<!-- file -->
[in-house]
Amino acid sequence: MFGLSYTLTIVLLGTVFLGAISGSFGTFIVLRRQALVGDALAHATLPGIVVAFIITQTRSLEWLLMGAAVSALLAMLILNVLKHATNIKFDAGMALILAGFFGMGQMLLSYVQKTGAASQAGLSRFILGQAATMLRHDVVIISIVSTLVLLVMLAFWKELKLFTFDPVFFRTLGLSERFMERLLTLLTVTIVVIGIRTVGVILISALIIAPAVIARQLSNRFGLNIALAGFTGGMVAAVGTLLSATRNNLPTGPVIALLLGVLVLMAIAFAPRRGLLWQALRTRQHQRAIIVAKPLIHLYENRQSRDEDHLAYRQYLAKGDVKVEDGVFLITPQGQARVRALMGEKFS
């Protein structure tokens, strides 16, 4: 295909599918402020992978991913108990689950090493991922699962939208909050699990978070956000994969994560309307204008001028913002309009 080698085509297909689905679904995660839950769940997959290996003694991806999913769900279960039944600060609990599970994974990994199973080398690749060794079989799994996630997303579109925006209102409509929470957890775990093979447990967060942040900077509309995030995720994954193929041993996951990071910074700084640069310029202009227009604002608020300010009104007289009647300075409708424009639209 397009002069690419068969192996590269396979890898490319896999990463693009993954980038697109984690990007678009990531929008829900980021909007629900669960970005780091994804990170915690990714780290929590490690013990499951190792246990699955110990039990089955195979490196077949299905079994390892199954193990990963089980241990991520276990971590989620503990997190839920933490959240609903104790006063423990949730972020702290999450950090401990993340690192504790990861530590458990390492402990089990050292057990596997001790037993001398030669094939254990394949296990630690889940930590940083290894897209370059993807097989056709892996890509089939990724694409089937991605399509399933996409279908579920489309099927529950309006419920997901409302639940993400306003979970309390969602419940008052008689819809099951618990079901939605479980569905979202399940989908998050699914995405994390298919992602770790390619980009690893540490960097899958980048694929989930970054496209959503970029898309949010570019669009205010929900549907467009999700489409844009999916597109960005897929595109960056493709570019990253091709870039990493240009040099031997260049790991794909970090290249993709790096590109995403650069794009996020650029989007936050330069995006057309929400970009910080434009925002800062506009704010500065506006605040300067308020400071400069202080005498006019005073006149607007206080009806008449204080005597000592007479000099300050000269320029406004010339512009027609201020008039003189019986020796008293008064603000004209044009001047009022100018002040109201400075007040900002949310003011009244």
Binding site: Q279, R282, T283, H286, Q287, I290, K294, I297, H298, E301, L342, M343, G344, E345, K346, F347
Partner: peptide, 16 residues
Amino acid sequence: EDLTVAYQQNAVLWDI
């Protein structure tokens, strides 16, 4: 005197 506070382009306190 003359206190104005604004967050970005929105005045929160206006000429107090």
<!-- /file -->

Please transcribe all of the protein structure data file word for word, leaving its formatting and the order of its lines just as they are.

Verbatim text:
[in-house]
Amino acid sequence: MFGLSYTLTIVLLGTVFLGAISGSFGTFIVLRRQALVGDALAHATLPGIVVAFIITQTRSLEWLLMGAAVSALLAMLILNVLKHATNIKFDAGMALILAGFFGMGQMLLSYVQKTGAASQAGLSRFILGQAATMLRHDVVIISIVSTLVLLVMLAFWKELKLFTFDPVFFRTLGLSERFMERLLTLLTVTIVVIGIRTVGVILISALIIAPAVIARQLSNRFGLNIALAGFTGGMVAAVGTLLSATRNNLPTGPVIALLLGVLVLMAIAFAPRRGLLWQALRTRQHQRAIIVAKPLIHLYENRQSRDEDHLAYRQYLAKGDVKVEDGVFLITPQGQARVRALMGEKFS
């Protein structure tokens, strides 16, 4: 295909599918402020992978991913108990689950090493991922699962939208909050699990978070956000994969994560309307204008001028913002309009 080698085509297909689905679904995660839950769940997959290996003694991806999913769900279960039944600060609990599970994974990994199973080398690749060794079989799994996630997303579109925006209102409509929470957890775990093979447990967060942040900077509309995030995720994954193929041993996951990071910074700084640069310029202009227009604002608020300010009104007289009647300075409708424009639209 397009002069690419068969192996590269396979890898490319896999990463693009993954980038697109984690990007678009990531929008829900980021909007629900669960970005780091994804990170915690990714780290929590490690013990499951190792246990699955110990039990089955195979490196077949299905079994390892199954193990990963089980241990991520276990971590989620503990997190839920933490959240609903104790006063423990949730972020702290999450950090401990993340690192504790990861530590458990390492402990089990050292057990596997001790037993001398030669094939254990394949296990630690889940930590940083290894897209370059993807097989056709892996890509089939990724694409089937991605399509399933996409279908579920489309099927529950309006419920997901409302639940993400306003979970309390969602419940008052008689819809099951618990079901939605479980569905979202399940989908998050699914995405994390298919992602770790390619980009690893540490960097899958980048694929989930970054496209959503970029898309949010570019669009205010929900549907467009999700489409844009999916597109960005897929595109960056493709570019990253091709870039990493240009040099031997260049790991794909970090290249993709790096590109995403650069794009996020650029989007936050330069995006057309929400970009910080434009925002800062506009704010500065506006605040300067308020400071400069202080005498006019005073006149607007206080009806008449204080005597000592007479000099300050000269320029406004010339512009027609201020008039003189019986020796008293008064603000004209044009001047009022100018002040109201400075007040900002949310003011009244």
Binding site: Q279, R282, T283, H286, Q287, I290, K294, I297, H298, E301, L342, M343, G344, E345, K346, F347
Partner: peptide, 16 residues
Amino acid sequence: EDLTVAYQQNAVLWDI
């Protein structure tokens, strides 16, 4: 005197 506070382009306190 003359206190104005604004967050970005929105005045929160206006000429107090």